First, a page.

2. Develop evidence-basede valuation frameworks and guidelines to help researchers and practitioners within and beyond the Nordic countries evaluate PeHS and their acceptability, and support successful implementation and adoption of PeHS
  3. Explore factors around co-design of PeHS through innovation projects focusing on patient-generated data and tools for patients' co-creation of the medical record, as well as providing best practice guidelines

The project is directed by Dr. Maria Hägglund, Department of Women's and Children's Health, Uppsala University and funded by NordForsk 2021-2023.



The E-CURATORS project will advance our knowledge on archaeological curation practices involving networked global infrastructures, readily available digital devices, tools and services, and diverse communities, and will address their pragmatic implications for long term preservation and access to the archaeological record, professional practice, and community engagement.

E-CURATORS is an insight project based at the Faculty of Information, University of Toronto an funded by the SSHRC of Canada. The project is directed by Prof. Costis Dallas. I am participating in the work of the project as a collaborator. 

Libraries, archives and museums: changes, challenges and collaboration

LAMC3 brings into focus the current changes and challenges experienced by publicly funded libraries, archives and museums, the so-called LAM institutions. Budget cuts, digital technology, cultural policy requirements and new patterns of use are among the conditions that have resulted in major changes since the millennium.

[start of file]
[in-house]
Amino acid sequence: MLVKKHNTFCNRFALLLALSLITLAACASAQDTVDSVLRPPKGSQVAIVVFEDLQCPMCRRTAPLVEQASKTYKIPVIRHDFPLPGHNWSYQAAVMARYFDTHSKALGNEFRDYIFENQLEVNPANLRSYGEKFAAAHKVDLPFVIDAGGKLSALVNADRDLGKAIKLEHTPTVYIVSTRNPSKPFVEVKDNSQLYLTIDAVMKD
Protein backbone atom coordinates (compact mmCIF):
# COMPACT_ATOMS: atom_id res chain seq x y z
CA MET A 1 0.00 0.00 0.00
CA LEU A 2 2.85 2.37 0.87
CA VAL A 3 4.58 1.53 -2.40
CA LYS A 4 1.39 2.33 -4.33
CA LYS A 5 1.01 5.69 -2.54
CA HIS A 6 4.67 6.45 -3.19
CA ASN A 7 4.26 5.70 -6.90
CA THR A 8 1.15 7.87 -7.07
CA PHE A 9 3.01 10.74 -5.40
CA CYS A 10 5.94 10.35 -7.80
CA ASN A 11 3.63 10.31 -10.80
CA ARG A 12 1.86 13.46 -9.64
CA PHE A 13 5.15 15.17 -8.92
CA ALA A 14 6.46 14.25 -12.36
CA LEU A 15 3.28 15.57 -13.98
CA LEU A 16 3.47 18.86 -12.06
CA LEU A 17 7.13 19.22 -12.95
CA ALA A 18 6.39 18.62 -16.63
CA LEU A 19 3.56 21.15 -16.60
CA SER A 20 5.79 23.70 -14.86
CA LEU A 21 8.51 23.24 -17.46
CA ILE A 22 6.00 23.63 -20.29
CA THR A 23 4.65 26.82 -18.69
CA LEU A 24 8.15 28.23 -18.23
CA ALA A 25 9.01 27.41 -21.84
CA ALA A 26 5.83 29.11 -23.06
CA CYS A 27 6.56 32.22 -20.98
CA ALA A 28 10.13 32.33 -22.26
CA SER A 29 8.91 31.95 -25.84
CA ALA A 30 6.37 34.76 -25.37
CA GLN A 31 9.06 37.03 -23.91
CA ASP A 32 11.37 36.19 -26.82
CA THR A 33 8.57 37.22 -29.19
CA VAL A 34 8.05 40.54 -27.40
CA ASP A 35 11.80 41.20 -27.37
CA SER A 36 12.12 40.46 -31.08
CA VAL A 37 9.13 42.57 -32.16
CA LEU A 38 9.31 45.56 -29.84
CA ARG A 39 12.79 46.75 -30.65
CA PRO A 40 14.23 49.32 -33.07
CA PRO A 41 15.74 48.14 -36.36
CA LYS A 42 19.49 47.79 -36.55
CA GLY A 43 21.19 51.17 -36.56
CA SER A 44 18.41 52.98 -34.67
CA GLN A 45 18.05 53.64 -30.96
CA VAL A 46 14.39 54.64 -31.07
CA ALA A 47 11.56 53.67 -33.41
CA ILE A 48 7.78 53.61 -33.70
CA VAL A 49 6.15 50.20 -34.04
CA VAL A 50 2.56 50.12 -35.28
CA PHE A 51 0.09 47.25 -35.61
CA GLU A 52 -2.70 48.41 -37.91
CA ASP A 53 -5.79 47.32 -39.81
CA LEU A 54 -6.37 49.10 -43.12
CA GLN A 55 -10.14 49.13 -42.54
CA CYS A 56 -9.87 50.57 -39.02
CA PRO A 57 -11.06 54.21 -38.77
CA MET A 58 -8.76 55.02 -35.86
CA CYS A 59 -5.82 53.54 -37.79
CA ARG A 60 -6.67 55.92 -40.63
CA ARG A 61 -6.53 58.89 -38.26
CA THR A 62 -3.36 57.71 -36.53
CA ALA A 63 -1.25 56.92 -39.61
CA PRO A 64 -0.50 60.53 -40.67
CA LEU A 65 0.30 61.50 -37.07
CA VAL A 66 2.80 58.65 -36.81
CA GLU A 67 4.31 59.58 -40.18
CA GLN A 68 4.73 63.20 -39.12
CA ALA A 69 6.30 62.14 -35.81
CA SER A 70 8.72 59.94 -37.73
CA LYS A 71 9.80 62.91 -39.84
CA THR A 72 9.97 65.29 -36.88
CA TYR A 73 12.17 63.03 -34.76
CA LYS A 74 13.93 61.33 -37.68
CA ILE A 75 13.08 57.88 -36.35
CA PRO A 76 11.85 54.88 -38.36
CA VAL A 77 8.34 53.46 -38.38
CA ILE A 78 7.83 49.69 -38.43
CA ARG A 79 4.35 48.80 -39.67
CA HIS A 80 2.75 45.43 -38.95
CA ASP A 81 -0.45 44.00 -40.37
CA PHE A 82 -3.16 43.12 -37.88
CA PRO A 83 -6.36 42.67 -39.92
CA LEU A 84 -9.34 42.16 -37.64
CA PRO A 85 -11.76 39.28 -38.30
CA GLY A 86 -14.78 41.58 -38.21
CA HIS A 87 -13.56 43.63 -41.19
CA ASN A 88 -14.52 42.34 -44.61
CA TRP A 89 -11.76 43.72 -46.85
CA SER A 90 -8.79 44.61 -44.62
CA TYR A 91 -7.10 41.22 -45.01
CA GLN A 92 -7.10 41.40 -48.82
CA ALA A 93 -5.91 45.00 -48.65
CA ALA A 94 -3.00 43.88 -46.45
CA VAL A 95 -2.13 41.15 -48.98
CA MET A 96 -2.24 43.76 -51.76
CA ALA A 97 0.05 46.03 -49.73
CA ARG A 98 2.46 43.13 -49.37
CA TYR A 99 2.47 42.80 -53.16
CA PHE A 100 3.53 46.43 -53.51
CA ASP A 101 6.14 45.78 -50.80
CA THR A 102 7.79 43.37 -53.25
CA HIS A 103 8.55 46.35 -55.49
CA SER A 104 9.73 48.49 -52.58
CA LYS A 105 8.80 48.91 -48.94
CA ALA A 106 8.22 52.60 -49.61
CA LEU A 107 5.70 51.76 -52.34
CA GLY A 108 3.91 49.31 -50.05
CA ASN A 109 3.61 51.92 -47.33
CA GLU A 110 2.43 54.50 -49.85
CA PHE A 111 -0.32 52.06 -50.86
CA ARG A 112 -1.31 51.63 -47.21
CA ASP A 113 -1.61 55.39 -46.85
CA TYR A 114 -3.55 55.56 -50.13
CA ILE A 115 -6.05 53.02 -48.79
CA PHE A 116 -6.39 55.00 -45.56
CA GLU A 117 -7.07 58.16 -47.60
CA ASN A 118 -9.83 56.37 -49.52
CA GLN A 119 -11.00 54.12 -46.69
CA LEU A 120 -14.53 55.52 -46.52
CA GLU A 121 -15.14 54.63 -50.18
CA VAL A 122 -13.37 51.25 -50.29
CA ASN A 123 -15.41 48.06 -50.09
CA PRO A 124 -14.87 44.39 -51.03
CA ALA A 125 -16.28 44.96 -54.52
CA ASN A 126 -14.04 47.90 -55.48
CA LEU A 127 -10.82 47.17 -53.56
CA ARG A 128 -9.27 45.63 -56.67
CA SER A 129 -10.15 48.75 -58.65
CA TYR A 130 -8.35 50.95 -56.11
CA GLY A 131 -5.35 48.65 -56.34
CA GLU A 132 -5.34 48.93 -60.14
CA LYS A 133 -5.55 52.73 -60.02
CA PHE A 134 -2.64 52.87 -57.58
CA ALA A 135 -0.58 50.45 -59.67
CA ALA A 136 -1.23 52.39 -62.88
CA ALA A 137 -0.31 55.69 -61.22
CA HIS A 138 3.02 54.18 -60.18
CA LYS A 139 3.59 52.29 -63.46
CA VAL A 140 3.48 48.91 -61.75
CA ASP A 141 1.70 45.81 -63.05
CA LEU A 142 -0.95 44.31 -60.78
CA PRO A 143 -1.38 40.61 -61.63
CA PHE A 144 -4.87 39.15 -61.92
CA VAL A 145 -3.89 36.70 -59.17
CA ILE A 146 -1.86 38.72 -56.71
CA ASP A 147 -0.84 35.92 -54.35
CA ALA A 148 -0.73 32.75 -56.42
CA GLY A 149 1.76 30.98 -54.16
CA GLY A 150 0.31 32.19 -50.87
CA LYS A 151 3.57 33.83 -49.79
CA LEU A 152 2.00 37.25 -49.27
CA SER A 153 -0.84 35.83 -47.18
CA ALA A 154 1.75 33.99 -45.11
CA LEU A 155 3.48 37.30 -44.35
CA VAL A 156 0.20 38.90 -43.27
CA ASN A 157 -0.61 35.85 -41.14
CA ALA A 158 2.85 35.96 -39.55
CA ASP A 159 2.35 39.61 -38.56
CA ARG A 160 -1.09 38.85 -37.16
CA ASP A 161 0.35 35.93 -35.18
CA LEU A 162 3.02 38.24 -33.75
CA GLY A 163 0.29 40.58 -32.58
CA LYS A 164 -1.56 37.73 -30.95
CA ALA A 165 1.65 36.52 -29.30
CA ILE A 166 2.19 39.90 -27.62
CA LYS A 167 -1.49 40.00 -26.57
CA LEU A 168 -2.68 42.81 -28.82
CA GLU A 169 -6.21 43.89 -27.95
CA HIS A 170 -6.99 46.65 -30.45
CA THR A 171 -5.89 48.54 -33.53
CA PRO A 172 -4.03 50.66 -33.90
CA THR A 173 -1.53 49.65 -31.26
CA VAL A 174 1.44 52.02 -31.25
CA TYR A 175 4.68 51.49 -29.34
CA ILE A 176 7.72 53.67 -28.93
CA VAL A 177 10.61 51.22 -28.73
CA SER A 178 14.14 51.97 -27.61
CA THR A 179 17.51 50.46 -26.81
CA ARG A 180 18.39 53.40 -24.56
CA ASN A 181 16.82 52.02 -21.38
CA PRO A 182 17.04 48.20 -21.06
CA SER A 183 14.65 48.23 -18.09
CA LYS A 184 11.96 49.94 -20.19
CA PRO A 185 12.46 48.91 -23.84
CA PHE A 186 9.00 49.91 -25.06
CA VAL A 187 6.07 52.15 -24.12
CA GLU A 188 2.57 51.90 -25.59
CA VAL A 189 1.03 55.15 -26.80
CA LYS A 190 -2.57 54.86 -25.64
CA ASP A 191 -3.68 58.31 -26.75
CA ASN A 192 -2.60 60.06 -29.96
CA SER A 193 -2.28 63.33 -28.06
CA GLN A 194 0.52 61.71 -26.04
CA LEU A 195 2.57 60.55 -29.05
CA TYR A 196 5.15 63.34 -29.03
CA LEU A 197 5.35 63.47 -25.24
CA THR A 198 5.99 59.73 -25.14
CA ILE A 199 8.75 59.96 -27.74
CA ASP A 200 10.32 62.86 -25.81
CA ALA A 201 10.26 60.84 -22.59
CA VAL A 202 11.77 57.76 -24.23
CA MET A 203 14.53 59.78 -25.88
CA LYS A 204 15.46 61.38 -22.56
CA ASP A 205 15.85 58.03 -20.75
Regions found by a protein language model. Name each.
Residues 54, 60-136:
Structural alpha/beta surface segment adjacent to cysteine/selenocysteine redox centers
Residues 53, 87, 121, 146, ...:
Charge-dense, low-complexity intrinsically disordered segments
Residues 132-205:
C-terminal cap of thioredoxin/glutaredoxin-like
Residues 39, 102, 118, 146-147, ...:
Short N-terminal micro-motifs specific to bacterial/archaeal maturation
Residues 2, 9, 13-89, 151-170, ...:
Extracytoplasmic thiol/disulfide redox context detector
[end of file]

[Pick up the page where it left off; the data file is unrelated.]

Studies within the respective fields have approached these conditions, yet questions concerning the united field have yet to be adequately addressed. Research collaboration across the fields is needed as the common challenges bring into question how the LAM institutions maintain their legitimacy, approach their traditional functions, such as collection management, as well as respond to new patterns of participation. These challenges appear to be redefining their missions, yet also presenting opportunities for institutional collaboration and convergence.

This project aims to strenghten the LAM research and elicit greater understanding of the common issues faced by LAM institutions by organizing and carrying out the following main activities:

  • Researchers and stakeholders from each field take part in three workshops
  • International research proposals will be initiated
  • Two research publications will be edited by the core group of researchers

In line of the focus, the workshops will address the following themes: identity and legitimacy (Copenhagen, March 2019), collections (Uppsala, October 2019) and participation (Oslo, March 2020)

Digitization and the Future of Archives

The aim of this IRFD Network Digitization and the Future of Archives (2018-2021), is to create a viable forum where Nordic, European and international researchers and practitioners can meet. The network aims to develop a common understanding of core concepts such as ‘record’, and find ways to meet the core challenges related to the definition of authenticity and evidence in the digital age, which incorporates reflections on the practice of creating and keeping records in different organizational and national contexts.

The network is coordinated by Assoc. Prof. Marianne Rostgaard at Aalborg University and financed by the Independent Research Fund Denmark